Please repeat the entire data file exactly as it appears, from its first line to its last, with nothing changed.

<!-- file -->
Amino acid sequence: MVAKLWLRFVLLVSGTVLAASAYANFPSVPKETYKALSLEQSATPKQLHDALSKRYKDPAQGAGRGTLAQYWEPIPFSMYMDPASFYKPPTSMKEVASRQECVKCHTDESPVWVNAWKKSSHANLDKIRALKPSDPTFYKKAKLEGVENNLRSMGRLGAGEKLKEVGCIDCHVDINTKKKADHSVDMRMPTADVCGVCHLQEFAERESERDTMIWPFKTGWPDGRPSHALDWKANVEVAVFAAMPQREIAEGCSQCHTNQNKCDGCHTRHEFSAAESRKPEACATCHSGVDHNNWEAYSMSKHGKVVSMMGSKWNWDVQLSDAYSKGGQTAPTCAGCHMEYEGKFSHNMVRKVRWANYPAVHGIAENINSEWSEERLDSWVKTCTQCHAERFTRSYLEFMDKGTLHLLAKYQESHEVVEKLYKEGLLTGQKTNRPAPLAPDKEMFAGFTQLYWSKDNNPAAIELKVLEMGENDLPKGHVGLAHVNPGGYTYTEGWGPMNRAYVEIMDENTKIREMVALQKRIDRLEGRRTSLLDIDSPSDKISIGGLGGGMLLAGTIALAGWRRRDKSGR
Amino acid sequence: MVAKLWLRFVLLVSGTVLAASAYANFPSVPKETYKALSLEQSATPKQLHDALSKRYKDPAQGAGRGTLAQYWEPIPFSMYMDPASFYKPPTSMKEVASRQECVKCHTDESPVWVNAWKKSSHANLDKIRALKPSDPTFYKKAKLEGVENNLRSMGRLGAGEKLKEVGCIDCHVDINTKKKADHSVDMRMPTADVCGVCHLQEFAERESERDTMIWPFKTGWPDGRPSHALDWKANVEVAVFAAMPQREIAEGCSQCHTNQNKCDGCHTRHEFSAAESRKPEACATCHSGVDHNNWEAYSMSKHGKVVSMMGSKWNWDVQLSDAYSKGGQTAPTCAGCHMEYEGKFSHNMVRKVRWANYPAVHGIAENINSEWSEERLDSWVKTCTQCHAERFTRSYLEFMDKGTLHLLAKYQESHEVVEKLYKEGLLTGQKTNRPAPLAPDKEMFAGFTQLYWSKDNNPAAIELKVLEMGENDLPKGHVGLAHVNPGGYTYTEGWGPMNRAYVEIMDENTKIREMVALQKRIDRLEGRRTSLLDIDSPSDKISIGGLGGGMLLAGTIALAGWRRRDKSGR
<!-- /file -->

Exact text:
Amino acid sequence: MVAKLWLRFVLLVSGTVLAASAYANFPSVPKETYKALSLEQSATPKQLHDALSKRYKDPAQGAGRGTLAQYWEPIPFSMYMDPASFYKPPTSMKEVASRQECVKCHTDESPVWVNAWKKSSHANLDKIRALKPSDPTFYKKAKLEGVENNLRSMGRLGAGEKLKEVGCIDCHVDINTKKKADHSVDMRMPTADVCGVCHLQEFAERESERDTMIWPFKTGWPDGRPSHALDWKANVEVAVFAAMPQREIAEGCSQCHTNQNKCDGCHTRHEFSAAESRKPEACATCHSGVDHNNWEAYSMSKHGKVVSMMGSKWNWDVQLSDAYSKGGQTAPTCAGCHMEYEGKFSHNMVRKVRWANYPAVHGIAENINSEWSEERLDSWVKTCTQCHAERFTRSYLEFMDKGTLHLLAKYQESHEVVEKLYKEGLLTGQKTNRPAPLAPDKEMFAGFTQLYWSKDNNPAAIELKVLEMGENDLPKGHVGLAHVNPGGYTYTEGWGPMNRAYVEIMDENTKIREMVALQKRIDRLEGRRTSLLDIDSPSDKISIGGLGGGMLLAGTIALAGWRRRDKSGR
Amino acid sequence: MVAKLWLRFVLLVSGTVLAASAYANFPSVPKETYKALSLEQSATPKQLHDALSKRYKDPAQGAGRGTLAQYWEPIPFSMYMDPASFYKPPTSMKEVASRQECVKCHTDESPVWVNAWKKSSHANLDKIRALKPSDPTFYKKAKLEGVENNLRSMGRLGAGEKLKEVGCIDCHVDINTKKKADHSVDMRMPTADVCGVCHLQEFAERESERDTMIWPFKTGWPDGRPSHALDWKANVEVAVFAAMPQREIAEGCSQCHTNQNKCDGCHTRHEFSAAESRKPEACATCHSGVDHNNWEAYSMSKHGKVVSMMGSKWNWDVQLSDAYSKGGQTAPTCAGCHMEYEGKFSHNMVRKVRWANYPAVHGIAENINSEWSEERLDSWVKTCTQCHAERFTRSYLEFMDKGTLHLLAKYQESHEVVEKLYKEGLLTGQKTNRPAPLAPDKEMFAGFTQLYWSKDNNPAAIELKVLEMGENDLPKGHVGLAHVNPGGYTYTEGWGPMNRAYVEIMDENTKIREMVALQKRIDRLEGRRTSLLDIDSPSDKISIGGLGGGMLLAGTIALAGWRRRDKSGR